The Underwater Research Center of the Russian Geographical Society is developing a domestic manned underwater vehicle. The Dutch apparatus C-Explorer is used as a sample. The Center’s specialists used it to conduct tests in the Blue Lake in the Kabardino-Balkarian Republic. The researchers collected data to improve the created apparatus, and also shot a video of the dive in 360 ° format.
Manned underwater vehicles are a modern tool for the study of underwater spaces. They are able to carry out not only inspection work, but can also be equipped with various additional equipment, from a manipulator for collecting soil and underwater flora to tools for cutting and welding metal. Two to three people can be accommodated in a modern MUV. This means that specialists from related fields — historians, archaeologists — who do not have special underwater training, can be delivered to a work location. In addition, MUVs do not have a rigid attachment to a carrier ship or to a coastal base, which allows them to effectively conduct research and prospecting.
Since 2019, Russian scientists have been developing a high-tech MUV that will combine the best characteristics of world analogues. In particular, it will be able to work at depths of more than two kilometers; freely maneuver on all planes and rotate around the vertical axis; work from a wide range of carriers, including from a low-equipped coastal base; move at a speed of less than three knots underwater. It could also be used in any areas of the World Ocean, in both fresh and salt water. The device is commissioned by and for the needs of the oil and gas industry, but it is suitable for a full study of the natural and man-made heritage of our planet, and for assisting in the work of the Ministry of the Russian Federation for Civil Defence, Emergencies and Elimination of Consequences of Natural Disasters.
The Underwater Research Center of the RGS is involved in the development of the new MUV as an expert, as it has unique experience in using such mini-submarines of foreign manufacture in its expeditions. For example, the manned underwater vehicles used by the Underwater Research Center of the RGS played a significant role in studying the deepest karst lake in Russia, Tserik-Kel. A system of underwater caves and crevices was discovered, going below the level of the bottom of the lake itself, which is 265 meters below the surface level.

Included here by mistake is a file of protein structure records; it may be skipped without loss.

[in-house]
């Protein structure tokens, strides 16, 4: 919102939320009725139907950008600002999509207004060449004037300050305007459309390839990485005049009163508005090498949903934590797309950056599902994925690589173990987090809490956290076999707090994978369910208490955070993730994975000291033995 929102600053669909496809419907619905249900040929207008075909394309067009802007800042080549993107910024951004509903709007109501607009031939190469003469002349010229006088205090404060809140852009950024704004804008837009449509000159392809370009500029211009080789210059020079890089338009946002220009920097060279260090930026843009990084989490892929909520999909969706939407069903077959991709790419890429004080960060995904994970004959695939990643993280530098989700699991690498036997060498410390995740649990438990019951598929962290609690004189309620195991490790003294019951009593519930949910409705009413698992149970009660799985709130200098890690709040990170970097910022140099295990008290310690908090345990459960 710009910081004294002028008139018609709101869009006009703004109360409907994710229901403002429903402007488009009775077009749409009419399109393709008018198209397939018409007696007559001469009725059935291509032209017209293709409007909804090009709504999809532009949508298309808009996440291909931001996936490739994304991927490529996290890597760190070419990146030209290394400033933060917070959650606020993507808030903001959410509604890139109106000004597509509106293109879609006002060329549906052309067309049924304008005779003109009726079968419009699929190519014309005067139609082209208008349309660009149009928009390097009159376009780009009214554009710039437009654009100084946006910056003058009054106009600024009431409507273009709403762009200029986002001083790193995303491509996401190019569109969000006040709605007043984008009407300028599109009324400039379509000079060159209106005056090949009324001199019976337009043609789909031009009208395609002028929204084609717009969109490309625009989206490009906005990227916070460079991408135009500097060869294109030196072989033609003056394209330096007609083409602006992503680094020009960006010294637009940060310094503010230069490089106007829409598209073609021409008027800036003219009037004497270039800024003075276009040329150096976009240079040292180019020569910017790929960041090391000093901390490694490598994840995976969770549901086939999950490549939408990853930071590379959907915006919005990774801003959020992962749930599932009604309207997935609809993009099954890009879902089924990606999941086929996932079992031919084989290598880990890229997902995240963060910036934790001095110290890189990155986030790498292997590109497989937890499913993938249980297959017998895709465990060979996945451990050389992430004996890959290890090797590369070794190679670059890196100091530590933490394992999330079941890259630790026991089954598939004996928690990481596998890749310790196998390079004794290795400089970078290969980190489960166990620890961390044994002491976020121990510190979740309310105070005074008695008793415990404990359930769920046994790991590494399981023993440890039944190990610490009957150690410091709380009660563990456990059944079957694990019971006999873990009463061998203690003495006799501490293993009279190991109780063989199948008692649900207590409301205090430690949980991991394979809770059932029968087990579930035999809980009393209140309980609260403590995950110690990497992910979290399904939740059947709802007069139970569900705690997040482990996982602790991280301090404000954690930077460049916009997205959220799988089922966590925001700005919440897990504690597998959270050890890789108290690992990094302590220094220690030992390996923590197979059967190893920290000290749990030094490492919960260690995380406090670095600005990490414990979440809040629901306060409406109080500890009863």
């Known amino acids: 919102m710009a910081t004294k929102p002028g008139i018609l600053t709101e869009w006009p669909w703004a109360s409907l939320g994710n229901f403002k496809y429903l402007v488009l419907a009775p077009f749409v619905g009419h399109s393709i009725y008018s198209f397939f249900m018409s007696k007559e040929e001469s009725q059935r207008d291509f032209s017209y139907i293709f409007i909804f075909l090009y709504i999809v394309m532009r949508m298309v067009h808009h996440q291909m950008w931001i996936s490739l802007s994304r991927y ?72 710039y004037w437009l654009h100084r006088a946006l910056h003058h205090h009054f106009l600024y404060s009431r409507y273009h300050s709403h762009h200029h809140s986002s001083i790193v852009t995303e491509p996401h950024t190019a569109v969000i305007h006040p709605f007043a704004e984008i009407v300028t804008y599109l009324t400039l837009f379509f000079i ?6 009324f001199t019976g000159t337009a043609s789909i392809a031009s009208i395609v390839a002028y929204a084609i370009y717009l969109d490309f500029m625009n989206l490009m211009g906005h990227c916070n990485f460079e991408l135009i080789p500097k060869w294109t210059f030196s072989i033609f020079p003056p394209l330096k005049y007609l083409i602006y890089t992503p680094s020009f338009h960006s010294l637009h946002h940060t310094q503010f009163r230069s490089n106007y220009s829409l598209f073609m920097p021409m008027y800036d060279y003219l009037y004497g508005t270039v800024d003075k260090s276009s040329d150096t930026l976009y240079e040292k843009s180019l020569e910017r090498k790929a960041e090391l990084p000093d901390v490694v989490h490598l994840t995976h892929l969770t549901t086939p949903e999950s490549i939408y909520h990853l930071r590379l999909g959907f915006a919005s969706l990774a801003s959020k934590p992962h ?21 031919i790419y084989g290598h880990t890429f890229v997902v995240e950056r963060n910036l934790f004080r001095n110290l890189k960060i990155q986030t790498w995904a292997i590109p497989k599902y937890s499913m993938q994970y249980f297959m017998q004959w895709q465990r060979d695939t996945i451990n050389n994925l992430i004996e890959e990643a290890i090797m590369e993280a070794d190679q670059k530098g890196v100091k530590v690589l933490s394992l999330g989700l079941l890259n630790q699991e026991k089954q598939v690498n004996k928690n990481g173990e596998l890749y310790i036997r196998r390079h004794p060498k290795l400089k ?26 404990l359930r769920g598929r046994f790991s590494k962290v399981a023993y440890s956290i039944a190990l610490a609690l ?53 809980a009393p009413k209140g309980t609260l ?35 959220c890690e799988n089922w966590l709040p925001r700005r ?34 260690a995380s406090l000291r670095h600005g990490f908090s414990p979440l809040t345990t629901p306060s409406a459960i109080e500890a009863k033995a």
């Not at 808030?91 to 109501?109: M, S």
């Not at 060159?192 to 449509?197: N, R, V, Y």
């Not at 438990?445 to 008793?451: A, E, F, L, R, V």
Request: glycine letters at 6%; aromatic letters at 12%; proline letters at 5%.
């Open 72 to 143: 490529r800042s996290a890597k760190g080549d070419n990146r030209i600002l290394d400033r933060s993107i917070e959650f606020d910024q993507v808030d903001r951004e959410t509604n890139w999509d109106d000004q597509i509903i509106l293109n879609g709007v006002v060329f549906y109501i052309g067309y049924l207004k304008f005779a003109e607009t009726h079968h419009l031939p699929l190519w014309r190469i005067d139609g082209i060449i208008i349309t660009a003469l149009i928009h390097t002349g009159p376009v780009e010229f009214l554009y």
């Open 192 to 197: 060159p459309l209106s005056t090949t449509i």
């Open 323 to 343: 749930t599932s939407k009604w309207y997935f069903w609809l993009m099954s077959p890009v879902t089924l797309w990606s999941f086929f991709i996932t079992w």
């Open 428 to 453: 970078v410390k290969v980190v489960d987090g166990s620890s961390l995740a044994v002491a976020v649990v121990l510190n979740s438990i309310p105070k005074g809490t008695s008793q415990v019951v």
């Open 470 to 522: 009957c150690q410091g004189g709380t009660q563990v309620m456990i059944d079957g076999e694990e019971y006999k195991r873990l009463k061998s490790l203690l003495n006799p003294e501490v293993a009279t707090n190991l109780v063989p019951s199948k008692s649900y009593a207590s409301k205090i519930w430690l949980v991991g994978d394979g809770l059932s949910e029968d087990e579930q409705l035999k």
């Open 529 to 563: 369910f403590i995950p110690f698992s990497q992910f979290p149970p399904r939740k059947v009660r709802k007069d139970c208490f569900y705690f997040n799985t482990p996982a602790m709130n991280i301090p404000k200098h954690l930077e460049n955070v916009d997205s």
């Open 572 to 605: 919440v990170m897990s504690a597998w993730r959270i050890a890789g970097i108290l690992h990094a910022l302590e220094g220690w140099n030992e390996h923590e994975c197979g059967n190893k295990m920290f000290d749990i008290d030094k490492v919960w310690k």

“The expedition to the Blue Lake in 2020 was not intended to study the lake itself - we already did this in 2016 - but to conduct scientific and technical work related to the development of a domestic manned underwater vehicle. The so-called full-scale modeling rests on our shoulders, meaning testing the technical and constructive solutions in real conditions,” said Sergey Fokin, Executive Director of the Underwater Research Center of the RGS. “The Blue Lake is an ideal training ground, with a depth of over 200 meters, with good transparency, and no current. We were working every day for three weeks."
“The RGS Underwater Research Center has a manned underwater vehicle C-Explorer. It is suitable for modeling, in particular, because attachments can be installed on it. They are very stripped-down compared to what will be installed on the new device, but it is the only way to get some data, take into account the shortcomings and subsequently correct them on the new device. The design and creation process is very lively, we are constantly rejecting some decisions and getting new ideas instead," said the head of the Design Engineering Department of the RGS Underwater Research Center, Stepan Kichko.
During the test work in the Blue Lake, the specialists of the Underwater Research Center of the RGS filmed a video of the dive with the presence effect. In order to completely immerse yourself in the underwater work and view all the details from different angles, when watching a video, turn the mouse while holding the left button (this changes the view angle), and scroll the wheel to zoom in on the image.